February 21, 2019 by John Fernandez
How A1C Test Helps Detect, Manage Diabetes
Diabetes Alert Day falls on March 27 this year. The annual observance by the American Diabetes Association (ADA) sounds a warning alarm on the prevalence of type 2 diabetes. Many Americans are unaware they are at risk for this serious and potentially lifelong disease.
On the fourth Tuesday of every March, the ADA encourages everyone to take less than five minutes and answer seven questions. At the end, you are given a number from 1 to 10 to determine your risk level for diabetes, 10 being the highest
Since diabetes often has no symptoms in the early stages, it is important to talk to your healthcare provider about your risks and getting tested for the disease.
Facts About the A1C Test
The A1C test is a common blood test used to diagnose prediabetes and diabetes. If prediabetes is detected, you can partner with your healthcare provider to take steps to prevent or delay the onset of type 2 diabetes, says Juliet Vento, M.D., a primary care physician with Baptist Health Primary Care. If diabetes is diagnosed, treatment to prevent complications must begin promptly.
The A1C test reflects your average blood glucose (also known as blood sugar) levels over a period of three months. Specifically, the test measures what percentage of your hemoglobin — a protein in red blood cells that carries oxygen — is coated with sugar. A higher percentage indicates higher blood glucose levels and a higher risk of diabetes complications.
A normal A1C level is below 5.7 percent. A result between 5.7 and 6.4 percent is considered prediabetes, which indicates a high risk of developing diabetes. An A1C level of 6.5 percent or above on two separate occasions confirms the diagnosis of diabetes.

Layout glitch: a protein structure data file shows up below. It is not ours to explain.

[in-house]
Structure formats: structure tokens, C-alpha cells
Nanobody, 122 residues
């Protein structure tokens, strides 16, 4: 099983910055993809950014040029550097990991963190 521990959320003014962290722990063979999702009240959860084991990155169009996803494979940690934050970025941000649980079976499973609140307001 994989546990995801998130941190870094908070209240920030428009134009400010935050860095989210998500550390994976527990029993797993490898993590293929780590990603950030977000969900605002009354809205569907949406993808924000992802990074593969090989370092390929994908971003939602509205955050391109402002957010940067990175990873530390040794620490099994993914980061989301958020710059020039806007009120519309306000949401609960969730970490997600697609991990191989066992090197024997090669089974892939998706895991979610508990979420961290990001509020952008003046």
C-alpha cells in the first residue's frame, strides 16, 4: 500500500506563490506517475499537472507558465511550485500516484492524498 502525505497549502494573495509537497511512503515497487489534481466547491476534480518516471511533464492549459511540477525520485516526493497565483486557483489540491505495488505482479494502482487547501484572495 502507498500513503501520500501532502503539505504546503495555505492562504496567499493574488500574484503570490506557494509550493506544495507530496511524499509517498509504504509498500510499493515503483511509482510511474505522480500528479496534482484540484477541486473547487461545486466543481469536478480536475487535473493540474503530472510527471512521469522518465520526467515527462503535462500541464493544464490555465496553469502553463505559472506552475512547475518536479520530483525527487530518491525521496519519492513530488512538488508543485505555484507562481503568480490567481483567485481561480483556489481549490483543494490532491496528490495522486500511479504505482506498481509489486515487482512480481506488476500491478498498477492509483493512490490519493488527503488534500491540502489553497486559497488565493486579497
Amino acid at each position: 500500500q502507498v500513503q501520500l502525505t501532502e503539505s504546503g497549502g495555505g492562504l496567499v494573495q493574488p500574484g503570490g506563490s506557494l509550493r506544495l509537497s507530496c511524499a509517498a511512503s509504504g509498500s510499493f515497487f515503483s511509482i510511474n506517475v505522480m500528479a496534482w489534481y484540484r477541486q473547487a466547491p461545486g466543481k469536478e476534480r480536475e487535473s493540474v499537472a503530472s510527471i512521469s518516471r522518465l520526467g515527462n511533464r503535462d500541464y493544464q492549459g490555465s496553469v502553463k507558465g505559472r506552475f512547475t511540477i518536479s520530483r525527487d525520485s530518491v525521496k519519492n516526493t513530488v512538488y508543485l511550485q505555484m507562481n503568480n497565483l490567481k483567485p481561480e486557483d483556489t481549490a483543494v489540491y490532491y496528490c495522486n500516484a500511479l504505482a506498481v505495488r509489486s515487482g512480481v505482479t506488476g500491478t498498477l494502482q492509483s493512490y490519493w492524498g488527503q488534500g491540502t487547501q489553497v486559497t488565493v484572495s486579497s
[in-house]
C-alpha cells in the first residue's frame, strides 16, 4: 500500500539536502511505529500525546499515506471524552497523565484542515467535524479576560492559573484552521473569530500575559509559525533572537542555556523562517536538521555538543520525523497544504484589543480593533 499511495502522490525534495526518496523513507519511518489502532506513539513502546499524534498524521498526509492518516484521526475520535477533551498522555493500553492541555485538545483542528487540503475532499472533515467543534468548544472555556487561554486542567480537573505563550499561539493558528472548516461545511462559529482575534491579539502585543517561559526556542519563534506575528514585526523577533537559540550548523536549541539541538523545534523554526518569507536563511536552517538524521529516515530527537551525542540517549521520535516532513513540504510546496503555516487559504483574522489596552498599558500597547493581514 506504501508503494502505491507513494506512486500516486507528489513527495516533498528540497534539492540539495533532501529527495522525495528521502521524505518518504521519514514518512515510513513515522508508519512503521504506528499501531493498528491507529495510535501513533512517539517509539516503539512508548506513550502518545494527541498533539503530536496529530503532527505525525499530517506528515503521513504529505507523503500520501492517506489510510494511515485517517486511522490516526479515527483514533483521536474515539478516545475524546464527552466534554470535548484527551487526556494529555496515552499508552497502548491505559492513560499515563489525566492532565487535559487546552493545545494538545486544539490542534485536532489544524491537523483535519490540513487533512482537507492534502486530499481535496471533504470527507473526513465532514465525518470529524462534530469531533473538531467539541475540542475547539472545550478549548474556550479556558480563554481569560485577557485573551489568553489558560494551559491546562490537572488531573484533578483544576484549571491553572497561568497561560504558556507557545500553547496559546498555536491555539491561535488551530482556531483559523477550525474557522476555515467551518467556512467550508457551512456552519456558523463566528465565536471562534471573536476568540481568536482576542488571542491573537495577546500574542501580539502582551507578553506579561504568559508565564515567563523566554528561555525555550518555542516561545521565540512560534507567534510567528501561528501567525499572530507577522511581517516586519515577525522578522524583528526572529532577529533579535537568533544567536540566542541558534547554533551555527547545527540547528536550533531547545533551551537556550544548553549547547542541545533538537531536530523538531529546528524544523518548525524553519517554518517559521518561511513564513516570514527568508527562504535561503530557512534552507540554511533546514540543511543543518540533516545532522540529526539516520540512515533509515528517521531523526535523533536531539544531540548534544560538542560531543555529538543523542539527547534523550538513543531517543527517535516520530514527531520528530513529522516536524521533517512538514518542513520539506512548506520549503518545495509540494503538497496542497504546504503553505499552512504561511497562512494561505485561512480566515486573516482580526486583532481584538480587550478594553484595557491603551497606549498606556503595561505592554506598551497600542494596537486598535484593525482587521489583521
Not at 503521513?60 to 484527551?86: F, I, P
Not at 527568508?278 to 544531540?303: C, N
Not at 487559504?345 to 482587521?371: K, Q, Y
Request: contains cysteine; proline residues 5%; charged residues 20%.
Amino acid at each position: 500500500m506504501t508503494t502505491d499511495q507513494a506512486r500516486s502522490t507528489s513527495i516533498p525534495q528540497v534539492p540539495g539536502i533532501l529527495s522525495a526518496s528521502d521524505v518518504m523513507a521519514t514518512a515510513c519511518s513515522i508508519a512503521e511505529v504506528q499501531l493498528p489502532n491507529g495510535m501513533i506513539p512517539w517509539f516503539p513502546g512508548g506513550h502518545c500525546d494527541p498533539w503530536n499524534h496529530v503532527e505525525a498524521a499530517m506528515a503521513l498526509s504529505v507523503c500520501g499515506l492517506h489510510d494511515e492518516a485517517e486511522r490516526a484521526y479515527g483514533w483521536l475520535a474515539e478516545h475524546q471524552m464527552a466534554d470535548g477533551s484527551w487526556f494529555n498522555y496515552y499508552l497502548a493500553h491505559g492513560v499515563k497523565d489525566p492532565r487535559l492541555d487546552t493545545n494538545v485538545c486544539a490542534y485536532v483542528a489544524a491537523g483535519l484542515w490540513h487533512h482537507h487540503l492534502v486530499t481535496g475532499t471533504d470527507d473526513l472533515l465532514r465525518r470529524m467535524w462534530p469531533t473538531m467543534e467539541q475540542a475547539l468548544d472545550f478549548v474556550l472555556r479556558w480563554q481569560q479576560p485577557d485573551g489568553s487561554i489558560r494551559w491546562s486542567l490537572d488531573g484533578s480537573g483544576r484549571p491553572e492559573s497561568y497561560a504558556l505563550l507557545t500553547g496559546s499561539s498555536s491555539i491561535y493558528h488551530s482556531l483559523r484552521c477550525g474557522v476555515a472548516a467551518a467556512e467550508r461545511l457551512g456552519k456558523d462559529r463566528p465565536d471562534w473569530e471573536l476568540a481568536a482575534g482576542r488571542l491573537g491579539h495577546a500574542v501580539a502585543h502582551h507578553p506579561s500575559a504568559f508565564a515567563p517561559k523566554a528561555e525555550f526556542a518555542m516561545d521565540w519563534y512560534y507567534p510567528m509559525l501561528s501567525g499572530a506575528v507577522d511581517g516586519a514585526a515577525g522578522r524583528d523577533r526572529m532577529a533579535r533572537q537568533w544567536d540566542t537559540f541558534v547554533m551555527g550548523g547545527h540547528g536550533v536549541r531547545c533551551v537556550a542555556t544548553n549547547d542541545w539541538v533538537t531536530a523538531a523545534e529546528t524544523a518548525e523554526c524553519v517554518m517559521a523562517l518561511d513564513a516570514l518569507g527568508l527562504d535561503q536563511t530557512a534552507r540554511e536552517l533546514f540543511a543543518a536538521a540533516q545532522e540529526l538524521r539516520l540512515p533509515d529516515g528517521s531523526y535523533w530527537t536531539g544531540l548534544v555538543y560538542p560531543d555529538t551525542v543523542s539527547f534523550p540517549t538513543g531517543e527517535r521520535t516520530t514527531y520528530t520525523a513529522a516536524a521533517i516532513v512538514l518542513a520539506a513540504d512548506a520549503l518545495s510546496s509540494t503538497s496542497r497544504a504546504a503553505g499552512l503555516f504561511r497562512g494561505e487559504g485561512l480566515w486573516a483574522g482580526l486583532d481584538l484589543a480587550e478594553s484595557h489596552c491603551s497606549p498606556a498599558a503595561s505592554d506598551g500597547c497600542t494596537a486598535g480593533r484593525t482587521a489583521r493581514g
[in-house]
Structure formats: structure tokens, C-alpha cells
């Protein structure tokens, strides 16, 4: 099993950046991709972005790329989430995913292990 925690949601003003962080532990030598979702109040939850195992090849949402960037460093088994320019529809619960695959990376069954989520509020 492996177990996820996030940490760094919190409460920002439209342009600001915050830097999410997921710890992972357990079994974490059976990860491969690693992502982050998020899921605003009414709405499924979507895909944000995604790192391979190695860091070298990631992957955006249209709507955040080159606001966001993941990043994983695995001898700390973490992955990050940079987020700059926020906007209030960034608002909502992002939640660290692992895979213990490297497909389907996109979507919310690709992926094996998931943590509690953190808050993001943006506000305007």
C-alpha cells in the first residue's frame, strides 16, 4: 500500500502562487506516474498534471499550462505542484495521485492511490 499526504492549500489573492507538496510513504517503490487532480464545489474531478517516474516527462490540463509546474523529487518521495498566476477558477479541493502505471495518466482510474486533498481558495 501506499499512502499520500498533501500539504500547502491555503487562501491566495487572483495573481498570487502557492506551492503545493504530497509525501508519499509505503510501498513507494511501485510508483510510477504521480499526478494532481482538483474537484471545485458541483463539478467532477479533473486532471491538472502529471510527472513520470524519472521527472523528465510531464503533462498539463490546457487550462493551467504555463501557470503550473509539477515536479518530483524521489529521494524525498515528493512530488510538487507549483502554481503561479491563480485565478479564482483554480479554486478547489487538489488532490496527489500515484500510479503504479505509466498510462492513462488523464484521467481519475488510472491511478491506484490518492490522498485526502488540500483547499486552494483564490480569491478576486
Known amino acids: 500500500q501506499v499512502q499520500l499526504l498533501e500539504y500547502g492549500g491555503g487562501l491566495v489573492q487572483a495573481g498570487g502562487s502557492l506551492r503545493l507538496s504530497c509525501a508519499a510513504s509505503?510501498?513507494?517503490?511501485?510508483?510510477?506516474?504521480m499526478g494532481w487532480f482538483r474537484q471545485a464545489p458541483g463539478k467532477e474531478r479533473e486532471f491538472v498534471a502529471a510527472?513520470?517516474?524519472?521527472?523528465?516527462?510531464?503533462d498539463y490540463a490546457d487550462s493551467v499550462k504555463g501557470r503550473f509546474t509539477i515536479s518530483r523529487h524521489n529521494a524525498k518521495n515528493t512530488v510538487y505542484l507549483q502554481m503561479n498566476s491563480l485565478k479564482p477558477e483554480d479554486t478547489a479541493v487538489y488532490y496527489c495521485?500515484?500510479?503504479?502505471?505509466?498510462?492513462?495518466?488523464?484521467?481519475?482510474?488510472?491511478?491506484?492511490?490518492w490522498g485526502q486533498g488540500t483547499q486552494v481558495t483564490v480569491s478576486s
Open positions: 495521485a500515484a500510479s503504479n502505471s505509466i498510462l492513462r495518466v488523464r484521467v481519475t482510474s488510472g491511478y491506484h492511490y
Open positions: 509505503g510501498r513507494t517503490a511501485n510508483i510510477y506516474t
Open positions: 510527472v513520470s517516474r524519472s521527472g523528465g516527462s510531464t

Determining Your A1C Goal
If you are diagnosed with prediabetes or diabetes, the A1C test also is used to gauge how well you are managing your condition. Your doctor typically will check your A1C every three months and tailor the treatment accordingly, Dr. Vento says.
For most people diagnosed with type 2 diabetes, an A1C level of 7 percent or less is a common treatment target, say most experts. However, the American College of Physicians recently announced guidelines calling for less stringent blood sugar targets of up to 8 percent.
“A diabetes treatment plan should be customized,” Dr. Vento said. “A higher target, even above 7 percent, may be appropriate for some people, such as the elderly. Their target level may be less aggressive in order to avoid hypoglycemic episodes (a condition where the blood sugar decreases to dangerously low levels) and cause falls, syncope and stroke-like symptoms.”
When determining your A1C goal, your doctor will consider your age, general health, risk of hypoglycemia along with other conditions and your ability to implement healthy lifestyle changes. If your A1C level is above your target, your doctor may recommend a change in your treatment plan to decrease your risk of other health problems.
Preventing Diabetes Complications
People with chronically high glucose levels, or uncontrolled diabetes, are at risk for macrovascular complications, including heart disease and stroke, and microvascular complications, which include diabetic retinopathy, nephropathy and neuropathy, warns Dr. Vento. Retinopathy is damage to the retina in the back of the eyes, which can lead to blindness. Nephropathy is damage to the kidney, which can lead to kidney failure. And neuropathy is nerve damage, which often occurs in the legs and feet and leads to nerve dysfunction.
Prediabetes and type 2 diabetes most often are treated with lifestyle changes and medications. The following healthy lifestyle choices can help you bring your blood sugar level back to your target level, or at least keep it from rising:
- Eat a healthy diet
- Lose weight
- Exercise regularly
- Quit smoking
- Manage stress
- Take your medications as prescribed
- Get regular checkups
Dr. Vento advises her patients to get help managing their diabetes. Baptist Health’s comprehensive diabetes support program offers education classes and cooking classes that emphasize healthy habits. In addition, certified diabetes nurse educators and/or care managers closely follow patients and offer one-on-one counseling on lifestyle, nutrition and medication.
“Managing diabetes requires a day-to-day self-care regimen, and your health depends on your vigilance and compliance,” Dr. Vento said.